She’s also the instigator of Aftober, the KnitTalk tradition of her cheering us on to learn something new and to finish a project before the end of October, before the holiday stress sets in–and if you do she would mail you the Prize of Insignificant Worth ™. A different thing from year to year, some small fiber-related thing tucked in an envelope decorated with a drawing of and allegedly by her cats that is always so perfect that many of us have saved those envelopes for any time we want cheering up.

This last fall saw the deaths of those two woman she’d cared for and the Prize turned out to be something that she spent a great deal of time and expense to create and share with us in order to bless more people going forward, in their names.

Everybody was, as always, to be quiet about what we got until everybody had gotten theirs.

And then this happened: her beloved boy cat took sick, so much so that she rushed him to the vet instead of going to synagogue that Saturday in Pittsburgh. Yes that synagogue.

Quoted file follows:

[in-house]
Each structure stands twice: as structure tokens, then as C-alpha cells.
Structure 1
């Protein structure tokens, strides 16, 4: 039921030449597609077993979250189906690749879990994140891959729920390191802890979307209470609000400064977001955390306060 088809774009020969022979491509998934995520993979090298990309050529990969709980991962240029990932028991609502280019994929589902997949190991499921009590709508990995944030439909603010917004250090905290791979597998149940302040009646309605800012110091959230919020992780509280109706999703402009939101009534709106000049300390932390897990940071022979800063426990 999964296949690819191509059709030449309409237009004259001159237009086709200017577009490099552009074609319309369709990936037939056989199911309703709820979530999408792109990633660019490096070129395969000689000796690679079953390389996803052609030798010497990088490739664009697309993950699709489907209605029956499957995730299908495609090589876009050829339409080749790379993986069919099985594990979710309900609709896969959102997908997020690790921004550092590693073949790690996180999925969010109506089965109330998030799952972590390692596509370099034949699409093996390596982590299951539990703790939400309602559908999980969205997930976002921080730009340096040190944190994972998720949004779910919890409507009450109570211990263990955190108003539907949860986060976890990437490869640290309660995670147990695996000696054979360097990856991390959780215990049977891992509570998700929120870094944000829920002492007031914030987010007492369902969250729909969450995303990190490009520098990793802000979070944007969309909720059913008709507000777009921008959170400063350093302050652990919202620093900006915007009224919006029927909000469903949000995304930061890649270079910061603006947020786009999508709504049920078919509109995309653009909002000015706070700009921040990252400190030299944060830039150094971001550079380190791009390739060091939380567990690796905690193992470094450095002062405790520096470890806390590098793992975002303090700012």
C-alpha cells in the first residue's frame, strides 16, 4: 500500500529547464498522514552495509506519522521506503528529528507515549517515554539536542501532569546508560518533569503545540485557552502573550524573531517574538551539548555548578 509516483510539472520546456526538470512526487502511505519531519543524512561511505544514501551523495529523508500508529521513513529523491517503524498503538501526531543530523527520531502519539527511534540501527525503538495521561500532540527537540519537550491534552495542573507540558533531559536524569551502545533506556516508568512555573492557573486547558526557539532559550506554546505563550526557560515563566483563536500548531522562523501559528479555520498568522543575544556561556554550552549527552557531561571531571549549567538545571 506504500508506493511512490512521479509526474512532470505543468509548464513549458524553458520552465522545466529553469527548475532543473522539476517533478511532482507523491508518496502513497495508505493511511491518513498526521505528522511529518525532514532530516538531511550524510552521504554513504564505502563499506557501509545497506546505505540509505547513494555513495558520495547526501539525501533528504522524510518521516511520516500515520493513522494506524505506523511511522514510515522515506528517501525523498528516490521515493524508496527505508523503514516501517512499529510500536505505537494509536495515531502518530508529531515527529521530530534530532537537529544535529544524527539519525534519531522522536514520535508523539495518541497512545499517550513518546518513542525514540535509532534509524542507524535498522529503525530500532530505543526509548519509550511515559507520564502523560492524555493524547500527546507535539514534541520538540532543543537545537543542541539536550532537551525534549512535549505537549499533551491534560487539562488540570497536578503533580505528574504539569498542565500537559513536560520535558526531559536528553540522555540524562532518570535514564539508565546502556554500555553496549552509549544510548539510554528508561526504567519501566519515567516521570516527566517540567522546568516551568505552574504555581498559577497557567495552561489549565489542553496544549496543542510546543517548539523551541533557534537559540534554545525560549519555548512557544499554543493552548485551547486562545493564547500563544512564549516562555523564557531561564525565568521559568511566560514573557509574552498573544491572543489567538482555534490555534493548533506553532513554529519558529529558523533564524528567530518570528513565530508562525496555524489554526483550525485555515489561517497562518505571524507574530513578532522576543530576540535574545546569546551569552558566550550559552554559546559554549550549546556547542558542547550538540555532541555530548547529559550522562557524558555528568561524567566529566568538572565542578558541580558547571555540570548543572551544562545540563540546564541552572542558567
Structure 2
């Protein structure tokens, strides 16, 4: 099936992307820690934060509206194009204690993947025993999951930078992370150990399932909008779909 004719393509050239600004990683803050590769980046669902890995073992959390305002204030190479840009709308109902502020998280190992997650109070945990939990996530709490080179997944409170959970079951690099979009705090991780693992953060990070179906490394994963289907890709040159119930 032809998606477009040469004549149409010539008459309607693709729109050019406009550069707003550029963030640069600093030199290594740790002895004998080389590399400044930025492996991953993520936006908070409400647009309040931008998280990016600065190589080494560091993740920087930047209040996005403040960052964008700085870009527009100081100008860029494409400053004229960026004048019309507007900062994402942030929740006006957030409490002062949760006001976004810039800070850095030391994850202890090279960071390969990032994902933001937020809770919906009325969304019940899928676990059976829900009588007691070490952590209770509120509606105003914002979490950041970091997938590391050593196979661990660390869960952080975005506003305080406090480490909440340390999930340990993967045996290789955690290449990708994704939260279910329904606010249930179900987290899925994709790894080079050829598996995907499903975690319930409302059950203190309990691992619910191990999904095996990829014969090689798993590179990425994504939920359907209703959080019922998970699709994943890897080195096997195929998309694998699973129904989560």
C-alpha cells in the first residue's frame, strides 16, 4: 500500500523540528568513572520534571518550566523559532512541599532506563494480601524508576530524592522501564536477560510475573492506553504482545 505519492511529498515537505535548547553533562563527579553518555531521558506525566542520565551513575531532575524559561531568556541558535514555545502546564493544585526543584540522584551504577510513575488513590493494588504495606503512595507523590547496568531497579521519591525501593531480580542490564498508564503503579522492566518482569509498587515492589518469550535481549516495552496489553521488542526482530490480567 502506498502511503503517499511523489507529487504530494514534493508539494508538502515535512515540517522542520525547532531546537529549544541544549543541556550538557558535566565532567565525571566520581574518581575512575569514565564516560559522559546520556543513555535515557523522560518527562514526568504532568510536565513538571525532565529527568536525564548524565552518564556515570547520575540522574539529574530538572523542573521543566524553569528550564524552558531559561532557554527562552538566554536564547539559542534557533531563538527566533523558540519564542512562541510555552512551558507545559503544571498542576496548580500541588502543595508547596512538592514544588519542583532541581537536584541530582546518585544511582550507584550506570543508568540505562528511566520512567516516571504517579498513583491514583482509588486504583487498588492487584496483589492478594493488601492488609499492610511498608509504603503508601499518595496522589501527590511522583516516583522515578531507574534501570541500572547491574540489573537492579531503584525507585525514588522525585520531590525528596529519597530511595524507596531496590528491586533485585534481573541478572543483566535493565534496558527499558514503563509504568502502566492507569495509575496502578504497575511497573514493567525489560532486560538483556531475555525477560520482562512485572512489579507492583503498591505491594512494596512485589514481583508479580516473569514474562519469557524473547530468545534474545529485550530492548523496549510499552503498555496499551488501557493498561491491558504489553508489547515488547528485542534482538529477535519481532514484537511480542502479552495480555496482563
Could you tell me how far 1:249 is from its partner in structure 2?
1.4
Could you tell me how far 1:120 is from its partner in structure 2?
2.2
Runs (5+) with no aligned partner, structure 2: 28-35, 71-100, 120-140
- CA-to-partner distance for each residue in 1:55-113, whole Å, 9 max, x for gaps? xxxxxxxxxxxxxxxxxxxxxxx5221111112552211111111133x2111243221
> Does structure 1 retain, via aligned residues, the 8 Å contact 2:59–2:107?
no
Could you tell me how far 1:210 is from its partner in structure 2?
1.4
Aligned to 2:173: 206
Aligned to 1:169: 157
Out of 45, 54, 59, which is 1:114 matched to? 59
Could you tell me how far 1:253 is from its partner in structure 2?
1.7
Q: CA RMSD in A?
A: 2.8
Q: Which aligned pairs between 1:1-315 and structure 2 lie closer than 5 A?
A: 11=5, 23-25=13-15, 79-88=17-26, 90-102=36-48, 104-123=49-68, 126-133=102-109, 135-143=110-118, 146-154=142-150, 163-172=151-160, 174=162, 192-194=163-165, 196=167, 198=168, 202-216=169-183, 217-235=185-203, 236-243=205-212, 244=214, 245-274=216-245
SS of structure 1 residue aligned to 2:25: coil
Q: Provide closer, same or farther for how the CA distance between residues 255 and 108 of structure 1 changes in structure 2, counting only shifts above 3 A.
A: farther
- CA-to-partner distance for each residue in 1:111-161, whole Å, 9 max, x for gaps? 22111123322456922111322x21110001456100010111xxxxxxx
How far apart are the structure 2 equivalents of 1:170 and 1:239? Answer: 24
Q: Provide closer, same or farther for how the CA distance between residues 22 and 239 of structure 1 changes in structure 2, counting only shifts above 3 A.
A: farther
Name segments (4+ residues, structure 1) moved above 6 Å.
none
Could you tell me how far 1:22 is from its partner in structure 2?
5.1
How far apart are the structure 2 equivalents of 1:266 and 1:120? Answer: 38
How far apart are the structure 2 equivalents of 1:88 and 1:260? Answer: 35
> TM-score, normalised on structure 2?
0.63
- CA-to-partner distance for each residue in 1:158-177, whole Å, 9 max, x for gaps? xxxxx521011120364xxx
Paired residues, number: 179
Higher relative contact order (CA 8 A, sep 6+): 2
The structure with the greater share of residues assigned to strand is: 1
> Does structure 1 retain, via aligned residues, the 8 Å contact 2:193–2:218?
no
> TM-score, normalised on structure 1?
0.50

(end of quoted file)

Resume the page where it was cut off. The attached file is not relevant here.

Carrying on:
Her cat’s final act was saving her life as his slipped away in her arms. If only he could have saved her friends’ lives, too.

At last we of her online longtime knitting group had something to quietly work together on to give to her in thanks for all she is and for all she does and all she gives. So many people chipped in. Someone volunteered to handle the logistics. Nobody told.

Today her mail came. I got an email: Beans (they were nibs) and book? Were these misdelivered? Weren’t they supposed to go to me? Should she send them on? (My daughter, husband and I had gone to Dandelion Chocolate specifically to get her a signed copy of their open-sourcing DIY book for her.)

I checked the tracking numbers, grinned, and quietly waited.

It took UPS a couple more hours (and a bajillion page refreshes on my part as concrete smashing sounds went on in the background, then a, YES!)

My phone suddenly blew up in stunned thrilled capital letters, and I told her happily, You’ve been KnitTalked.

Because it wasn’t all just from me, not by a very long shot. Margo Lynn has the names.

Nibs, book, molds, melanger: only the cocoa butter didn’t quite make it there in time for her to start right away.

My fervent, heartfelt thanks to all those who helped make this happen for her. And just like knitting: every time you start a new chocolate batch, you learn something you didn’t know before.